London College of Fashion MA alumni Olivia Rubens and Joao Maraschin were featured in The Lowe Down documentary on Fashion, alongside award-winning designer Christopher Raeburn, as part of the LEON PRESENTS investigative series with Daisy Lowe that showcases environmental issues associated with everyday activities.
Focusing on the importance of sustainable practices within all aspects of design and the wider industry, this first episode of the documentary championed the work of LCF’s Class of 2020 MA Graduates and the Centre for Sustainable Fashion.
Joao’s collection Foreign Traveller was featured in London Fashion Week’s digital showcase and supports handmade techniques, looking at sustainable angles to approach fashion. Joao emphasises the importance of perspective as a designer: “Sustainability is non-negotiable. When you think of fashion, if [your brand is] not sustainable and if you don’t have a purpose, if you don’t really want to nurture or foster something that is protecting the people and the planet, there’s no reason to exist.”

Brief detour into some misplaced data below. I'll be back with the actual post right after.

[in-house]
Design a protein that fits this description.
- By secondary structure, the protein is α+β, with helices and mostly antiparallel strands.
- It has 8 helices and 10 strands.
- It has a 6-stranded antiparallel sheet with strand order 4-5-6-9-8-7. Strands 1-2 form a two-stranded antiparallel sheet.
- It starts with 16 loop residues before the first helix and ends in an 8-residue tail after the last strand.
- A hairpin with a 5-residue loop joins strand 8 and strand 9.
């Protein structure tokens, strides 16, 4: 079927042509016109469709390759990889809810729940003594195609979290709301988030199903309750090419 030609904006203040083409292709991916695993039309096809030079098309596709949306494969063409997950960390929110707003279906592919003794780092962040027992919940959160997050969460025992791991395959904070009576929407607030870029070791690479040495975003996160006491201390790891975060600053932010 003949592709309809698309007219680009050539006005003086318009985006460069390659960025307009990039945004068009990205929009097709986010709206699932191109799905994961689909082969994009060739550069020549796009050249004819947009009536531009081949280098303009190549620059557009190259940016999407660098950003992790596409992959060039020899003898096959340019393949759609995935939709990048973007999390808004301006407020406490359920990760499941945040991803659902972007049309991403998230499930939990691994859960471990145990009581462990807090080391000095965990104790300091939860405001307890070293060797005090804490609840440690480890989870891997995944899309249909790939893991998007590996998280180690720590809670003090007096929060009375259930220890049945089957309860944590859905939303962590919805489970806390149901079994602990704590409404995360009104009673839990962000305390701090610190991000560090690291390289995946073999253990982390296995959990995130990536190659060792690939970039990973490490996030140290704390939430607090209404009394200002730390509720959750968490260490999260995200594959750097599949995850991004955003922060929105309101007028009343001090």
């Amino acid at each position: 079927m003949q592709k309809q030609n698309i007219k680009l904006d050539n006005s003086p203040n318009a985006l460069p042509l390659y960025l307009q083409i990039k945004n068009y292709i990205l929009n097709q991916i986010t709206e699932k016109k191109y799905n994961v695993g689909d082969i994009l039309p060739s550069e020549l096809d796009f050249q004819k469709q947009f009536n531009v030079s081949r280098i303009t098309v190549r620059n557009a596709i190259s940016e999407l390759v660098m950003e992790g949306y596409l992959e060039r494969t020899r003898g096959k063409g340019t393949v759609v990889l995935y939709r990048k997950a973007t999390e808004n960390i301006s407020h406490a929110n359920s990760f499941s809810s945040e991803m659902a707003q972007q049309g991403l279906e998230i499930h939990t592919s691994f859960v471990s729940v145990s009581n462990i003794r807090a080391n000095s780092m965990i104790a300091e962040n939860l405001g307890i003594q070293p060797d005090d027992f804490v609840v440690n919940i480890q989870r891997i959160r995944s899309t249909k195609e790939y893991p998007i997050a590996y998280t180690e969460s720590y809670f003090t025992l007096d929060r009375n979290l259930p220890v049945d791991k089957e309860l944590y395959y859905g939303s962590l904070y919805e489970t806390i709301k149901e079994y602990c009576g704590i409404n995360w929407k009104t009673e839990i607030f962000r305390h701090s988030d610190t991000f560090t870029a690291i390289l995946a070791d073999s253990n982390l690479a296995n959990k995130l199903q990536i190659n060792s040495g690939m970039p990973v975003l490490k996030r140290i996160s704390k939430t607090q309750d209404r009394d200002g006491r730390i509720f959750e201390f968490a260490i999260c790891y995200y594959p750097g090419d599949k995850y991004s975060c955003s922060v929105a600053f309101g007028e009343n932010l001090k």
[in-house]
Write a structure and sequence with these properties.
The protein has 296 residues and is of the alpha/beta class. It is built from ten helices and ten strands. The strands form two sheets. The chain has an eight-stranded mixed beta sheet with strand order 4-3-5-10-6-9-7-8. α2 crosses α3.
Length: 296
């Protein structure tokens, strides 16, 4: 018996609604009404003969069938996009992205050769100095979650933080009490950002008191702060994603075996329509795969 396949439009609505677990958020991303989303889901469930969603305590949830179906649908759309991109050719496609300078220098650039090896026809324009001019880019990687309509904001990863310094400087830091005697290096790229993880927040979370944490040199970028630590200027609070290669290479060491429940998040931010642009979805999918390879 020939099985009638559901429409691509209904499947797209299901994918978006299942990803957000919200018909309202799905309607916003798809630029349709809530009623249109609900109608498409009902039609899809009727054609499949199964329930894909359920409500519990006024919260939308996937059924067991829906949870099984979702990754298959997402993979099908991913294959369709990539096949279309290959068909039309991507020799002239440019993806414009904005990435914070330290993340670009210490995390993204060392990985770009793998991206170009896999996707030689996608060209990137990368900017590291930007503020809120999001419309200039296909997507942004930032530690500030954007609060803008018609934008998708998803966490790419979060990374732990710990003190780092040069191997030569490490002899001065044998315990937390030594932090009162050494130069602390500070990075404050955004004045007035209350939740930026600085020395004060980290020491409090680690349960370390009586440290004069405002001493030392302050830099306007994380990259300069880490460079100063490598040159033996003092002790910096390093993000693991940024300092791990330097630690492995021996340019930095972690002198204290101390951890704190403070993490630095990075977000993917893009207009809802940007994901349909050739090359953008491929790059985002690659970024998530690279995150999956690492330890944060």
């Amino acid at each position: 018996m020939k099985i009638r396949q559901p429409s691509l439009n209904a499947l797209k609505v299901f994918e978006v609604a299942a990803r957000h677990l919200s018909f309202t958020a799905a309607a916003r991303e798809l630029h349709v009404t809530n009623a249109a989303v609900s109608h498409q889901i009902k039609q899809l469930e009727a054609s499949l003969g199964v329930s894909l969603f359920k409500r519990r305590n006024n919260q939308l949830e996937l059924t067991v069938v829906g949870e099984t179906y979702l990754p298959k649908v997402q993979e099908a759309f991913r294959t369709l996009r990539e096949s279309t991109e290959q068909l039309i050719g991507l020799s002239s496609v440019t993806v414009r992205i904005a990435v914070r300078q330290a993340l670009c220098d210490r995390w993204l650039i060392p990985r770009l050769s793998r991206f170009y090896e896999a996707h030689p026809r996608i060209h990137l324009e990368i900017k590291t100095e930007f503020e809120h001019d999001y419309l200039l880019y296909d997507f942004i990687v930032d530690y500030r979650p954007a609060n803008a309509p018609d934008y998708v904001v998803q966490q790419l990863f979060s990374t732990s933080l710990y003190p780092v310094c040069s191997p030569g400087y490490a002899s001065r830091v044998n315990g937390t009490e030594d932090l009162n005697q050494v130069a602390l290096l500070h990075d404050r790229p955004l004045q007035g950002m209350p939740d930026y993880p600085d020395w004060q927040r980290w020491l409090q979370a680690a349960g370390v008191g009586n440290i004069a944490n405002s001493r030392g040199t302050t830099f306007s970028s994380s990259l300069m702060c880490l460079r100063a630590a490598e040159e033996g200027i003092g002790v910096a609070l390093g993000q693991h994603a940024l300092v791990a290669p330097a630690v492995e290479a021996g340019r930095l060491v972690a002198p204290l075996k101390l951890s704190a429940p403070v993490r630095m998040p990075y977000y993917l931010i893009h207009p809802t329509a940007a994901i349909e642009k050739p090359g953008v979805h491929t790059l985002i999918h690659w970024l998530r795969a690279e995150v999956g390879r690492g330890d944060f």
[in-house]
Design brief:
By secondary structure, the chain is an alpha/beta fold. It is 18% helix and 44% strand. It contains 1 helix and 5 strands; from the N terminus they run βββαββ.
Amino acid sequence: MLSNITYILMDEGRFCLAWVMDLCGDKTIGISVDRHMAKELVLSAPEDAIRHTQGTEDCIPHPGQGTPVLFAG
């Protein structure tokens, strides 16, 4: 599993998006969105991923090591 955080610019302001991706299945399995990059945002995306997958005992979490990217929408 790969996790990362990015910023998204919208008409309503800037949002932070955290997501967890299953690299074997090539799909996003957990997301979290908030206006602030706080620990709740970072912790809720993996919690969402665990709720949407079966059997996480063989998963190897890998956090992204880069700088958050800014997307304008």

The inspiration behind Olivia’s collection is identity and femininity. On the practicality and cost of sustainability, Oliva says: “every time you tackle one issue there’s another. You can never be 100% sustainable, [but] you can always be trying your best to make the least impact and hopefully make a positive impact too… The truth is you have to pay for [sustainable fashion] because you are actually paying fair wages, for things to be certified and in the right conditions. It is an investment, but it is 100% worth what you’re paying for.”
Sarah Needham, Knowledge Exchange Manager at the Centre for Sustainable Fashion, says: “at Centre for Sustainable Fashion we’re made up of three core pillars – research, education and knowledge exchange, feeding that into supporting brands to start working and looking at how they can resolve some of the challenges that they face within fashion design... I think the current fashion system that we have is based on incomplete accounting, so we’re not really valuing the products that we make in an accurate way, or in a way that harnesses all of the natural resources and human effort that went into making those products... most of our impact is at the raw material level. That’s where we can really drive that transformative change across so many different perspectives including biodiversity, natural wildlife, ecology, water, pollution – the list goes on.”
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